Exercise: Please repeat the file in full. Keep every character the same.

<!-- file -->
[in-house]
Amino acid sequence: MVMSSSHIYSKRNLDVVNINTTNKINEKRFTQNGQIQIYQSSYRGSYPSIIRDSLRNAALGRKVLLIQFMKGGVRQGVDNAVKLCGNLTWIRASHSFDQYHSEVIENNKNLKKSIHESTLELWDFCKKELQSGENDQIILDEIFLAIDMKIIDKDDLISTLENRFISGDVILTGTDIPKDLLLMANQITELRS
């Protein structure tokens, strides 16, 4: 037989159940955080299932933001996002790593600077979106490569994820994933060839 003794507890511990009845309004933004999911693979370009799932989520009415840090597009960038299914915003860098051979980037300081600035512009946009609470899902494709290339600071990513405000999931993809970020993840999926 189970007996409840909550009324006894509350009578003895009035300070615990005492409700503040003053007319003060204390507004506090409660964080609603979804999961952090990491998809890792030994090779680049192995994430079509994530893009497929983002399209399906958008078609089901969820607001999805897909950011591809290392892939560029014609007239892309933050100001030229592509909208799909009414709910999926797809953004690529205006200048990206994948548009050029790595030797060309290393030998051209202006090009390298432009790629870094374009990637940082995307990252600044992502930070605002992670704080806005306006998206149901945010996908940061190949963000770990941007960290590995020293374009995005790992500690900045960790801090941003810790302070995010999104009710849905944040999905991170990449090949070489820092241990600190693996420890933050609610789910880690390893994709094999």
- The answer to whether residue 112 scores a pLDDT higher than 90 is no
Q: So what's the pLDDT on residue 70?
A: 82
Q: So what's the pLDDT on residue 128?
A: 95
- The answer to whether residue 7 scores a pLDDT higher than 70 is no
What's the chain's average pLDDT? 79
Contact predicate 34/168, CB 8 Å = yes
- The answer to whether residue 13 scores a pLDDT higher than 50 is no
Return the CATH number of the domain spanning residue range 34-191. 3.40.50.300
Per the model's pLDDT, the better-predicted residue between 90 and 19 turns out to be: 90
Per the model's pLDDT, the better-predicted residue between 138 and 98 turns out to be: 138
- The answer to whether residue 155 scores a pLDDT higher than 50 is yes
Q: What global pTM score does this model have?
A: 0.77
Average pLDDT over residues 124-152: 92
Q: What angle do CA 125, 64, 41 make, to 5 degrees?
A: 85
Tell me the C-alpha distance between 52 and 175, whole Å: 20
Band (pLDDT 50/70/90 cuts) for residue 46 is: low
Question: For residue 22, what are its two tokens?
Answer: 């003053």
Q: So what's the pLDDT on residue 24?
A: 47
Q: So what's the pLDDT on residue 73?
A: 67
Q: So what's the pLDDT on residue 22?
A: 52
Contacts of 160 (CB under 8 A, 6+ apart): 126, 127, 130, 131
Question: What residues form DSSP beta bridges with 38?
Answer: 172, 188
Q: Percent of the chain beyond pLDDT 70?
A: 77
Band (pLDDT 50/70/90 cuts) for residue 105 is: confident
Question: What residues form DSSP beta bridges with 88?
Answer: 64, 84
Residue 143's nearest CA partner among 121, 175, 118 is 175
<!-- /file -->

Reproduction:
[in-house]
Amino acid sequence: MVMSSSHIYSKRNLDVVNINTTNKINEKRFTQNGQIQIYQSSYRGSYPSIIRDSLRNAALGRKVLLIQFMKGGVRQGVDNAVKLCGNLTWIRASHSFDQYHSEVIENNKNLKKSIHESTLELWDFCKKELQSGENDQIILDEIFLAIDMKIIDKDDLISTLENRFISGDVILTGTDIPKDLLLMANQITELRS
């Protein structure tokens, strides 16, 4: 037989159940955080299932933001996002790593600077979106490569994820994933060839 003794507890511990009845309004933004999911693979370009799932989520009415840090597009960038299914915003860098051979980037300081600035512009946009609470899902494709290339600071990513405000999931993809970020993840999926 189970007996409840909550009324006894509350009578003895009035300070615990005492409700503040003053007319003060204390507004506090409660964080609603979804999961952090990491998809890792030994090779680049192995994430079509994530893009497929983002399209399906958008078609089901969820607001999805897909950011591809290392892939560029014609007239892309933050100001030229592509909208799909009414709910999926797809953004690529205006200048990206994948548009050029790595030797060309290393030998051209202006090009390298432009790629870094374009990637940082995307990252600044992502930070605002992670704080806005306006998206149901945010996908940061190949963000770990941007960290590995020293374009995005790992500690900045960790801090941003810790302070995010999104009710849905944040999905991170990449090949070489820092241990600190693996420890933050609610789910880690390893994709094999």
- The answer to whether residue 112 scores a pLDDT higher than 90 is no
Q: So what's the pLDDT on residue 70?
A: 82
Q: So what's the pLDDT on residue 128?
A: 95
- The answer to whether residue 7 scores a pLDDT higher than 70 is no
What's the chain's average pLDDT? 79
Contact predicate 34/168, CB 8 Å = yes
- The answer to whether residue 13 scores a pLDDT higher than 50 is no
Return the CATH number of the domain spanning residue range 34-191. 3.40.50.300
Per the model's pLDDT, the better-predicted residue between 90 and 19 turns out to be: 90
Per the model's pLDDT, the better-predicted residue between 138 and 98 turns out to be: 138
- The answer to whether residue 155 scores a pLDDT higher than 50 is yes
Q: What global pTM score does this model have?
A: 0.77
Average pLDDT over residues 124-152: 92
Q: What angle do CA 125, 64, 41 make, to 5 degrees?
A: 85
Tell me the C-alpha distance between 52 and 175, whole Å: 20
Band (pLDDT 50/70/90 cuts) for residue 46 is: low
Question: For residue 22, what are its two tokens?
Answer: 């003053």
Q: So what's the pLDDT on residue 24?
A: 47
Q: So what's the pLDDT on residue 73?
A: 67
Q: So what's the pLDDT on residue 22?
A: 52
Contacts of 160 (CB under 8 A, 6+ apart): 126, 127, 130, 131
Question: What residues form DSSP beta bridges with 38?
Answer: 172, 188
Q: Percent of the chain beyond pLDDT 70?
A: 77
Band (pLDDT 50/70/90 cuts) for residue 105 is: confident
Question: What residues form DSSP beta bridges with 88?
Answer: 64, 84
Residue 143's nearest CA partner among 121, 175, 118 is 175